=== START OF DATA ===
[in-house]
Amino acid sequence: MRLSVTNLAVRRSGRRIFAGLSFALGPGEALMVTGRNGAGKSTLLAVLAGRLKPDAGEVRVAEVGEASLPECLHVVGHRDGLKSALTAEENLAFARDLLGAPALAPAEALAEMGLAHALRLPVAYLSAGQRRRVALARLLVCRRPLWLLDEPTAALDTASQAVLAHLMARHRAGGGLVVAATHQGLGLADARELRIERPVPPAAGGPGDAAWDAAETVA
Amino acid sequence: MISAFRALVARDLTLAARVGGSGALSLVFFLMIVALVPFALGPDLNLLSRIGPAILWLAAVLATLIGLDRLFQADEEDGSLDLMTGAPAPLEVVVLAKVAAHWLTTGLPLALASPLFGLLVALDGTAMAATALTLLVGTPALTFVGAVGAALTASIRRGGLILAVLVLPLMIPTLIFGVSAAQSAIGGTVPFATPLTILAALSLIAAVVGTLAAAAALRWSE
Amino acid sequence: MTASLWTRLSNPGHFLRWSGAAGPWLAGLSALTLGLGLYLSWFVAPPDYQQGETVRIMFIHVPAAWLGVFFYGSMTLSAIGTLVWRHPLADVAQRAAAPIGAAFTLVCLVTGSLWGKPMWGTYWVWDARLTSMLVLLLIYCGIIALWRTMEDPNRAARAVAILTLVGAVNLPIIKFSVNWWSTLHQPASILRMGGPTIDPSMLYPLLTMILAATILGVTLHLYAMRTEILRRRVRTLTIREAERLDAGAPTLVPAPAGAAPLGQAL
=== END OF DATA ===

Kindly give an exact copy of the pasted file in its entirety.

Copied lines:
[in-house]
Amino acid sequence: MRLSVTNLAVRRSGRRIFAGLSFALGPGEALMVTGRNGAGKSTLLAVLAGRLKPDAGEVRVAEVGEASLPECLHVVGHRDGLKSALTAEENLAFARDLLGAPALAPAEALAEMGLAHALRLPVAYLSAGQRRRVALARLLVCRRPLWLLDEPTAALDTASQAVLAHLMARHRAGGGLVVAATHQGLGLADARELRIERPVPPAAGGPGDAAWDAAETVA
Amino acid sequence: MISAFRALVARDLTLAARVGGSGALSLVFFLMIVALVPFALGPDLNLLSRIGPAILWLAAVLATLIGLDRLFQADEEDGSLDLMTGAPAPLEVVVLAKVAAHWLTTGLPLALASPLFGLLVALDGTAMAATALTLLVGTPALTFVGAVGAALTASIRRGGLILAVLVLPLMIPTLIFGVSAAQSAIGGTVPFATPLTILAALSLIAAVVGTLAAAAALRWSE
Amino acid sequence: MTASLWTRLSNPGHFLRWSGAAGPWLAGLSALTLGLGLYLSWFVAPPDYQQGETVRIMFIHVPAAWLGVFFYGSMTLSAIGTLVWRHPLADVAQRAAAPIGAAFTLVCLVTGSLWGKPMWGTYWVWDARLTSMLVLLLIYCGIIALWRTMEDPNRAARAVAILTLVGAVNLPIIKFSVNWWSTLHQPASILRMGGPTIDPSMLYPLLTMILAATILGVTLHLYAMRTEILRRRVRTLTIREAERLDAGAPTLVPAPAGAAPLGQAL